At Nike BorderClash 12, held Sunday on the Nike World Campus in Beaverton, five Hermiston runners will compete for an Oregon team looking for redemption.
Four of the five Bulldogs will run for the Oregon boys team Andrew Valdez, Juan Delgado, Eduardo Juarez and Javier Velasco that is undoubtedly miffed by Washingtons perfect score last year.
But, then again, it is a race to showcase the individual talents of the runners, who in Class 5A had to finish in the top-12 at the state meet Nov. 6 in Eugene.
The lone Hermiston girl to qualify for the Oregon team was freshman Katie Markwick. Last year, Washington nearly perfect-scored that meet, too. Thankfully for Oregon, they had, and still have, Jesuits Annamarie Maag. She finished second overall last year, and won this years Class 6A state title.
As for Hermiston runners, head coach Jake Puzey said this is the most Hermiston as ever qualified for the all-star event.
Weve qualified three combined before, Puzey said. We made it one of the goals to qualify for the meet.
And while all the runners are first-time qualifiers for BorderClash, its not the first time the team has run on the 4,400-meter course across the sprawling campus in the Portland suburb.
Puzey said the team always takes a preseason trip to run at Hayward Field, the state meet course at Lane Community College and the BorderClash course.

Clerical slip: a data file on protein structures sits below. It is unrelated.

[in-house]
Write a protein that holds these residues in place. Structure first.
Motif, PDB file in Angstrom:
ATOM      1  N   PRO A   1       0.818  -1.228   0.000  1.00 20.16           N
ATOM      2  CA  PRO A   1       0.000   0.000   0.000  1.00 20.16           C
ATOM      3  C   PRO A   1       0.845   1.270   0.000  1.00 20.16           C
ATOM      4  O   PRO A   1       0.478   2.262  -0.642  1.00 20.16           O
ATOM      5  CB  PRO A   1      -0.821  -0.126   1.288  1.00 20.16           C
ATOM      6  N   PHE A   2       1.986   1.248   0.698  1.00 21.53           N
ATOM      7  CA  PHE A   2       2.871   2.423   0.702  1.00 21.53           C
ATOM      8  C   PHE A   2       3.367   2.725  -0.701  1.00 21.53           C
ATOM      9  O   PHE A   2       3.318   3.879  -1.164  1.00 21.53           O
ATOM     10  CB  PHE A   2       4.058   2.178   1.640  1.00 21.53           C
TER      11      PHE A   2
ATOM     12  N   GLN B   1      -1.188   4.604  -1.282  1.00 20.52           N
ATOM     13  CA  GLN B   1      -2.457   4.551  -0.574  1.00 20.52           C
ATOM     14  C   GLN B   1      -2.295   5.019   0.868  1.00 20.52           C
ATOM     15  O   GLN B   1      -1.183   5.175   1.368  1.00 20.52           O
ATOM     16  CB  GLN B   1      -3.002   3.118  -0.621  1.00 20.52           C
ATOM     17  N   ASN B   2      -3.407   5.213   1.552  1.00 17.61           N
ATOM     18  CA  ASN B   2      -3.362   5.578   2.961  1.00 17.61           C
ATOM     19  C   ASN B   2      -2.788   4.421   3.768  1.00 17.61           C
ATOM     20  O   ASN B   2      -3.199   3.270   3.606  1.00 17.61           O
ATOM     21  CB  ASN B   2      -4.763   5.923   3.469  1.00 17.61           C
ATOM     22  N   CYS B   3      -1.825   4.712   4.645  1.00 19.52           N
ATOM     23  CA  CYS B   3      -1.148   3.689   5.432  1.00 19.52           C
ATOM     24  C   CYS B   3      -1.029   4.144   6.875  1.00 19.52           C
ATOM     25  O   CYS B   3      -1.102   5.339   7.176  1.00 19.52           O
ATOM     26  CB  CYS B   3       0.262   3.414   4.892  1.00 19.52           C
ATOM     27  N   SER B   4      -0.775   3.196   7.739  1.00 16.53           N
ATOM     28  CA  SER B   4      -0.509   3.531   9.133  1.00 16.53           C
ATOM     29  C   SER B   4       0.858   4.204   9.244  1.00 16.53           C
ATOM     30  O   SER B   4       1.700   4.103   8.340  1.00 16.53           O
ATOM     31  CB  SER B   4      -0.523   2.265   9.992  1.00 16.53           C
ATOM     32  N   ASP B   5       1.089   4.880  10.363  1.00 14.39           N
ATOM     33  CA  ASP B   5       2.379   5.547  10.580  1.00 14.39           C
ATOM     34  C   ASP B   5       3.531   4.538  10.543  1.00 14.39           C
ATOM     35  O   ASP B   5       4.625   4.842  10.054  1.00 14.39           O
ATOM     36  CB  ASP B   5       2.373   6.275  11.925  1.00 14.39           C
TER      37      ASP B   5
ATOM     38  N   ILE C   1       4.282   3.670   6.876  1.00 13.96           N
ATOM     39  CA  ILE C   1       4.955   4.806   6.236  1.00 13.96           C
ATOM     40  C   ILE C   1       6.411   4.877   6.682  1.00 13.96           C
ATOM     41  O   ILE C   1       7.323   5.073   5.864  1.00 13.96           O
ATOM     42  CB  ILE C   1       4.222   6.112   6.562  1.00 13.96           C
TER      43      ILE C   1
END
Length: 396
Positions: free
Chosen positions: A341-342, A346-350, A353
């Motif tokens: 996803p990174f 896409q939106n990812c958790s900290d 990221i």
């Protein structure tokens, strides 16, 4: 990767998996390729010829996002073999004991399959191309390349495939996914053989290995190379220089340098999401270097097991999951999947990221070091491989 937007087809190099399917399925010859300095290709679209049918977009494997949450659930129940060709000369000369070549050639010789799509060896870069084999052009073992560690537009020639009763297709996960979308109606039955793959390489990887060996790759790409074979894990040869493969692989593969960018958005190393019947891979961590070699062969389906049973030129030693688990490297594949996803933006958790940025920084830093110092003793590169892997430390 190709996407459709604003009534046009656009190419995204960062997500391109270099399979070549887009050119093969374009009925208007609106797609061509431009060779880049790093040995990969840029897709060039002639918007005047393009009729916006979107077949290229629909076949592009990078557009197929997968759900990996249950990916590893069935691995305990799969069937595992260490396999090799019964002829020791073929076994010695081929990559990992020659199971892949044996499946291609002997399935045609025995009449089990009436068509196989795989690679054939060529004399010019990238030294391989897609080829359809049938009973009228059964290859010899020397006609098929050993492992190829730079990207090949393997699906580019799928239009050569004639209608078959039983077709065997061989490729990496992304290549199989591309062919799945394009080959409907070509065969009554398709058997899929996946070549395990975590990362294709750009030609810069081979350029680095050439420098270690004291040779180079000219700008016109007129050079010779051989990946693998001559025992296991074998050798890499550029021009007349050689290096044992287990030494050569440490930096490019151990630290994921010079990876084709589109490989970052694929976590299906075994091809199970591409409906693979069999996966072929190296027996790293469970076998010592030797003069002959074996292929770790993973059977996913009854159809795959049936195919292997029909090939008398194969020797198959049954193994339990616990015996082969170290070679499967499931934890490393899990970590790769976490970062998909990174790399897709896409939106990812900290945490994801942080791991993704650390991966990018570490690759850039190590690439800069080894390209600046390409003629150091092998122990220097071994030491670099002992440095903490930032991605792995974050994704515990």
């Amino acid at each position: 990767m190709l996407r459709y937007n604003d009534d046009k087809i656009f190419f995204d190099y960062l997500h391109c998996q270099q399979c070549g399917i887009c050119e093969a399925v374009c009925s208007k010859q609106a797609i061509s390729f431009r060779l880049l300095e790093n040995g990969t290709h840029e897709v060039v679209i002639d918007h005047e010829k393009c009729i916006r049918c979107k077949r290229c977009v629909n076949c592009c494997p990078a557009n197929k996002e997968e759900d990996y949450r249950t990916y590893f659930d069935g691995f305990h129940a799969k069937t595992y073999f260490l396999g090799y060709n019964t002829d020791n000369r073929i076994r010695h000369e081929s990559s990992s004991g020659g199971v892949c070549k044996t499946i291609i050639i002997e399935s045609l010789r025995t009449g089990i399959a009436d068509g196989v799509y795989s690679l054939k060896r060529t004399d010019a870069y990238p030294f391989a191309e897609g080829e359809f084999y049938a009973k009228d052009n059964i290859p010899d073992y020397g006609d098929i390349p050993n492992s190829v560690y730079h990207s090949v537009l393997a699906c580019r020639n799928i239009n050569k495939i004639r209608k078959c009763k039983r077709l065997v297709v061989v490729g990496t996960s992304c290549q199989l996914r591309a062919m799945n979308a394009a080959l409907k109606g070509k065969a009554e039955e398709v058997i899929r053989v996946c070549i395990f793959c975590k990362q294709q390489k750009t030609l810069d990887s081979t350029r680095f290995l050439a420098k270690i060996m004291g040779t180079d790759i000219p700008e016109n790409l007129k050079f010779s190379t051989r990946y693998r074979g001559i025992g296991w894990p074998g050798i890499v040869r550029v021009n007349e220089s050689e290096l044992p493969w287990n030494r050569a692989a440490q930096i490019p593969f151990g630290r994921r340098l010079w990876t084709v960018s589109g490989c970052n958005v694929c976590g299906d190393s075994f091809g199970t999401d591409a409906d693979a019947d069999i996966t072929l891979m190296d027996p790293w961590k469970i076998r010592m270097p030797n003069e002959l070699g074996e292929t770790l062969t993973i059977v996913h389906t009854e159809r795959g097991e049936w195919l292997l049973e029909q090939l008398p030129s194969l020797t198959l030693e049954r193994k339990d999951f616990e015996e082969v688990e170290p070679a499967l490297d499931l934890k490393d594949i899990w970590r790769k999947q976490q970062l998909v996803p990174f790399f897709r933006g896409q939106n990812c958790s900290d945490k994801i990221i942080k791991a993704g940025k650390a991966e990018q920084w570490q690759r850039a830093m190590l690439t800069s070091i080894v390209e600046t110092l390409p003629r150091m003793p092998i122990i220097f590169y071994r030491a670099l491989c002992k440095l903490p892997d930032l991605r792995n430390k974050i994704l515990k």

We kind of check out all the postseason places before hand, Puzey said. We learn about the tradition of Oregon running. This meet was on their radar.
The top 40 runners, both boys and girls, from Oregon and Washington are invited to the race and are treated like royalty. The organizers cater a dinner and huge banquet the night before the race, give the runners custom uniforms, world-class runners come in and talk and share advice and perhaps the most fun, a dance competition.
Last year, Hermistons Angelica Rodriguez was the only Bulldog to qualify for the meet. She finished 31st overall with a time of 17 minutes, 43.44 seconds.
While the runners want to do the best they can, since college coaches will be watching the race, Puzey said the event itself does a very good job in keeping the mood light and focuses on creating an environment where the runners can get to know one another.
They can get to know some of the better runners in the state, so they can be friendly rivals with them, Puzey said.
The race is a pretty big deal to the folks at Nike, and they really put on a show. The race begins with a loud cannon shot, followed by fireworks. The teams start on opposite ends and run toward each other, before turning down a bottleneck. This is dubbed the Braveheart start, after the movie.
The race is also filmed from a helicopter, which is then relayed back to big-screen monitors so the spectators can take in the action from bleachers.
The race begins at 10 a.m. Sunday at the Nike World Campus, One Bowerman Drive, in Beaverton.